Multiple one to two minute bursts of vigorous activity - such as climbing flights of stairs or running for a bus - each day can reduce the risk of premature death, a new study shows.
In good news for those who hate the gym, the new study finds that just three to four one minute spurts of huffing and puffing as you go about your day may reduce your risk of dying early by as much as 40%, Australian researchers reported Thursday in Nature Medicine.
"Especially for people who do not do regular leisure time vigorous exercise, short but regular bursts of vigorous intensity physical activity as part of day to day activities may be as beneficial as leisure time exercise," said the study's lead author, Emmanuel Stamatakis, a professor of physical activity, lifestyle, and population health at the Charles Perkins Centre at the University of Sydney.
That doesn't mean gym goers should give up their workouts, Stamatakis said in an email.
"All physical activity counts, no matter how short it is," he added. "The higher the intensity and the more regular the bursts are, the better. People who already have an established and regular routine of vigorous, leisure time exercise should stick to it and treat VILPA (vigorous intermittent lifestyle physical activity) as supplementary to their regular routine, not as a replacement."
Many kinds of activities would qualify as VILPA, including stair climbing, brisk uphill walking, carrying shopping bags, playing vigorously with kids or pets and intense gardening or housework, Stamatakis said. "As long as the heart rate goes up for a minute or two it will likely be a vigorous activity," he added.
The study itself doesn't explain how these short bursts of activity help people live longer.
"However, it is plausible to speculate that VILPA, when repeated regularly, leads to improvements in cardiorespiratory fitness over time, Stamatakis said. "Cardiorespiratory fitness is an important causal determinant of cardiovascular disease - that is, people with low fitness are more likely to experience cardiovascular disease."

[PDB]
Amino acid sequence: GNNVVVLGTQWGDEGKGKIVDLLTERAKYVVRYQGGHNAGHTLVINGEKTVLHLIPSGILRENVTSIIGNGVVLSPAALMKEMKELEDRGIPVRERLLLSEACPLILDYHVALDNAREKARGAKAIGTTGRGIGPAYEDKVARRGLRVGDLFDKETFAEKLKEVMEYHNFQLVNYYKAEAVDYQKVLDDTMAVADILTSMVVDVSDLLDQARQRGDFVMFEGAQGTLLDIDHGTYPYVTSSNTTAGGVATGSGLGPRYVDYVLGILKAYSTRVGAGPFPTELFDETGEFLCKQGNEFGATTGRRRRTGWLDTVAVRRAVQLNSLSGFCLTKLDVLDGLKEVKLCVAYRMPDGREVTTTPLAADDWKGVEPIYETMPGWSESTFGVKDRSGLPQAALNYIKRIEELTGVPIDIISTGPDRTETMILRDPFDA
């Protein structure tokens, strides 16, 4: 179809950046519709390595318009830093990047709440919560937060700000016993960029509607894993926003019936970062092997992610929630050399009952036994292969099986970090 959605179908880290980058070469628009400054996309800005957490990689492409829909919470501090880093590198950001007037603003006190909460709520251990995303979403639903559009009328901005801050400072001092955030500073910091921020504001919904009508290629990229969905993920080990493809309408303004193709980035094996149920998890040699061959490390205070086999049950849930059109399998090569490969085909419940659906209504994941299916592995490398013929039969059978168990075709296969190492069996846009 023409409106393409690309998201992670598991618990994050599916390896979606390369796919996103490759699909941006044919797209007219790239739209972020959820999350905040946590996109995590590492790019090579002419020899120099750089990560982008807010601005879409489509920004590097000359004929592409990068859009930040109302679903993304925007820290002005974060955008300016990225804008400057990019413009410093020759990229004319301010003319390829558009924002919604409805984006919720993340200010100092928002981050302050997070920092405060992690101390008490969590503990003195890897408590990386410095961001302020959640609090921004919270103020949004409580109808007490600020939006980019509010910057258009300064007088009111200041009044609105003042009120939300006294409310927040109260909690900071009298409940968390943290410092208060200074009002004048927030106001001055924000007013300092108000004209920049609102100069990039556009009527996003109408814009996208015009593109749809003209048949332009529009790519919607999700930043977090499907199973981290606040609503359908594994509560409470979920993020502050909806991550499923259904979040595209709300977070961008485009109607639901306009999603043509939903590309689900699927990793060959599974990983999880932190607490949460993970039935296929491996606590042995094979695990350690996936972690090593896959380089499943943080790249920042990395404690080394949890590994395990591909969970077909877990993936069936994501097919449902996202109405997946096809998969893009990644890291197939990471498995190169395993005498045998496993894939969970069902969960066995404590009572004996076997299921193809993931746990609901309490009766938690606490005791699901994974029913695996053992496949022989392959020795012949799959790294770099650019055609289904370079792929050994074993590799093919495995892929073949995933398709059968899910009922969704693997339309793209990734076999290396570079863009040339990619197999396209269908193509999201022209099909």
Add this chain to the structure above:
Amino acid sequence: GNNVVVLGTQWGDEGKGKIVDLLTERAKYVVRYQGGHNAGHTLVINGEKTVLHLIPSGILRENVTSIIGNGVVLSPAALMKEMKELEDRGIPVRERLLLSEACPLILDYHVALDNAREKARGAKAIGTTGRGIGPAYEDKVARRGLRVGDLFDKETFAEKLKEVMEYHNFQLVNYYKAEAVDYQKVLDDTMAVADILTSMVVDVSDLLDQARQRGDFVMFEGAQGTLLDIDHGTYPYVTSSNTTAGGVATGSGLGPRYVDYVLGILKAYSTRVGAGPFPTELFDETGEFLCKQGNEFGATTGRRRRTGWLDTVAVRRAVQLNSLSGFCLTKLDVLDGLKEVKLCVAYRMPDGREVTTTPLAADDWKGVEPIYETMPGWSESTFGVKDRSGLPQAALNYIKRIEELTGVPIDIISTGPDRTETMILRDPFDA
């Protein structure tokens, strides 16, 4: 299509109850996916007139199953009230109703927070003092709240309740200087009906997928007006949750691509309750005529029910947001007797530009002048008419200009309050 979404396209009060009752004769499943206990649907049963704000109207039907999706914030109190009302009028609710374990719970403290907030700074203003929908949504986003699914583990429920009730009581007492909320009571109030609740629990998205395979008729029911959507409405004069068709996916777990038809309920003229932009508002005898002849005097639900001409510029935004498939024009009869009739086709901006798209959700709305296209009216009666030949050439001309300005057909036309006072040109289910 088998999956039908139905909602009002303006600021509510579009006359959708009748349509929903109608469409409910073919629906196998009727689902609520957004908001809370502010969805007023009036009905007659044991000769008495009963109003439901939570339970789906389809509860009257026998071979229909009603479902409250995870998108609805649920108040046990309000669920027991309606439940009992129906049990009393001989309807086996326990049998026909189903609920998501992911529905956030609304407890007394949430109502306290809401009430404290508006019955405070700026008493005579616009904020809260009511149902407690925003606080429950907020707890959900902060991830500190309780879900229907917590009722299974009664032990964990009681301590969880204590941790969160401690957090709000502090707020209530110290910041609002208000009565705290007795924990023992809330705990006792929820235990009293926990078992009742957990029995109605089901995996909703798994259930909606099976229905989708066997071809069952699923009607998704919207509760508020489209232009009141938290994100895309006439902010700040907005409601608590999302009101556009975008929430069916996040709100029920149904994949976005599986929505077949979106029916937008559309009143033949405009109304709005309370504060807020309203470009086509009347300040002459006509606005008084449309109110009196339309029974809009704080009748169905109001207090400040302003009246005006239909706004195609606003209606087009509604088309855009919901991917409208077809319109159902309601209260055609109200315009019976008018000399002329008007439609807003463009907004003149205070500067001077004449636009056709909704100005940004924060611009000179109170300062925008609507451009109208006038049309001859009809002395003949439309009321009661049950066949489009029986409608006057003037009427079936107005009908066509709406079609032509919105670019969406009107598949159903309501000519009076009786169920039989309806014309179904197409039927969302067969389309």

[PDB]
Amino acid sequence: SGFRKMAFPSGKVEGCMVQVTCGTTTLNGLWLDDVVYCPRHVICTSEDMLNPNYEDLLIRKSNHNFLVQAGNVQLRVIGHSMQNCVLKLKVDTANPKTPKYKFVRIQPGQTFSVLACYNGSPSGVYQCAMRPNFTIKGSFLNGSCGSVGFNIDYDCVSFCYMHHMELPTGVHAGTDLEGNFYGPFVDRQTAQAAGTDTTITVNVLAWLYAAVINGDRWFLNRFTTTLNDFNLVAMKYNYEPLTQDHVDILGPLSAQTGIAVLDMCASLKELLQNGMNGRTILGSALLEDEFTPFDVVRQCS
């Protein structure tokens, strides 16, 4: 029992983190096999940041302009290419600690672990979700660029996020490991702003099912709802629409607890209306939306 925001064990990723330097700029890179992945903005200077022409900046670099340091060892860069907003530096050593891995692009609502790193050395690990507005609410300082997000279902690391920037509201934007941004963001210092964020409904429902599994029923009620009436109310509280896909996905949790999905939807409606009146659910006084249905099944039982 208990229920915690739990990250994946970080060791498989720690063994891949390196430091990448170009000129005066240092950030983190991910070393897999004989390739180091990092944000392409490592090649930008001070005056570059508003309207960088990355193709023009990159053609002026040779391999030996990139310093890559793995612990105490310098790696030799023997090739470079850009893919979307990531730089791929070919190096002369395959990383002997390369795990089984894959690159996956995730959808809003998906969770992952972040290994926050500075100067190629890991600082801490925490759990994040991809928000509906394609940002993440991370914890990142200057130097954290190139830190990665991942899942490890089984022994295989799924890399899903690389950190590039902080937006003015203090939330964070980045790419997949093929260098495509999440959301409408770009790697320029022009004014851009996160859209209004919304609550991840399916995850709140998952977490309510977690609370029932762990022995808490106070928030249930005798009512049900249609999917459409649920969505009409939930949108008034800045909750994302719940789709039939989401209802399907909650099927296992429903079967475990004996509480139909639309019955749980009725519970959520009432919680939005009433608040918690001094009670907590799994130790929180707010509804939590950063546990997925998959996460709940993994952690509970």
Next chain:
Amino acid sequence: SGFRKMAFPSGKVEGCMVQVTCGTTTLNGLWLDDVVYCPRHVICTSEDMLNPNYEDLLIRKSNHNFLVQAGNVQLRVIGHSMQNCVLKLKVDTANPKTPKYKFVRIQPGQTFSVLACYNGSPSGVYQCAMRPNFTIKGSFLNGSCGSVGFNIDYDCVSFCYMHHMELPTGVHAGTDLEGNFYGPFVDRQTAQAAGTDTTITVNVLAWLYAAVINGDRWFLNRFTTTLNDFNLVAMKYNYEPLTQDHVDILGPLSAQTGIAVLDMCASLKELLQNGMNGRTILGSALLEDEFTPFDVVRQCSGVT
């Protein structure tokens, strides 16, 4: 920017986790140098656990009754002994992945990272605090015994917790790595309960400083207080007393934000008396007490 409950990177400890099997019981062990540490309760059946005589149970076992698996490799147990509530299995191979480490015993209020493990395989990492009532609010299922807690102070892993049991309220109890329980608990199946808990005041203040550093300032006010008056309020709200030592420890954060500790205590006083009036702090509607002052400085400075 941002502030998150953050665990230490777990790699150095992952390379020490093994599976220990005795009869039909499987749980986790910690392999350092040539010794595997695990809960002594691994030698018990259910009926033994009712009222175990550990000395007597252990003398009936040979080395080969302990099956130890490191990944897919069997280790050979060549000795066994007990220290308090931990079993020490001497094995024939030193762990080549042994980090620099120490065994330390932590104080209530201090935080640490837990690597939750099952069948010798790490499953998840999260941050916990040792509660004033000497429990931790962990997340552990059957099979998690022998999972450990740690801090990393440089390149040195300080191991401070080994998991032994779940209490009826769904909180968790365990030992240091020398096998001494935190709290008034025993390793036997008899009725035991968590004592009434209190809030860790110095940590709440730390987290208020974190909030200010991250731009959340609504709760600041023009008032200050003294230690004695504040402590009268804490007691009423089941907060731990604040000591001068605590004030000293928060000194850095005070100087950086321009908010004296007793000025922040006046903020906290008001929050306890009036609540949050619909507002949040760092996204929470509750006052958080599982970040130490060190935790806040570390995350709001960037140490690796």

Earlier research showed that intermittent bouts of vigorous exercise can improve aerobic fitness even in previously inactive people, Stamatakis said.
To take a closer look at how VILPA impacts longevity, Stamatakis and his colleagues turned to data from participants in the UK Biobank, a large-scale biomedical database. The researchers focused on 25,241 participants, average age 62, who agreed to wear an activity tracker on their wrists and reported that they did not do sports or exercise during leisure time.
When the researchers analyzed the participants' activity data, they found that across 6.9 years of follow-up, participants who engaged in one or two minutes of VILPA three times a day had a 38% to 40% reduction in their risk of dying from any cause and a 48% to 49% reduction in their risk of dying from cardiovascular disease.
The new study's findings "are very encouraging," said Dr. I-Min Lee, a professor of medicine at the Harvard Medical School and an epidemiologist and physical activity researcher at the Brigham and Women's Hospital in Boston. "Just living your regular life but doing a little more at your 'inconvenience,' such as walking up stairs rather than waiting for the elevator can be helpful. You can think of these bursts of activity as little exercise snacks."
How do you know if what you're doing is vigorous enough?
"Walking up stairs at a regular rate is already intense," Lee said. "Basically you're doing the activity at a high enough level that you cannot sing and cannot easily carry on a conversation. It's not a really high level, just enough that you can't talk easily."
For those who are inactive, "this would be a good place to start," said Dr. Johanna Contreras, director of the Mount Sinai Heart Failure Network and an associate professor of medicine at the Icahn School of Medicine at Mount Sinai in New York. "You can incorporate a little bit of vigorous activity into your daily life and then go on from there."
"While it's important to keep yourself active, it doesn't have to be 45 minutes a day," Contreras said. "If you don't have time to go the gym, you can be active in other ways. I take the stairs up and down in the hospital. I walk to the train. And sometimes I get off at an earlier stop. It's important to mix activity in with your life."
This article was originally published on TODAY.com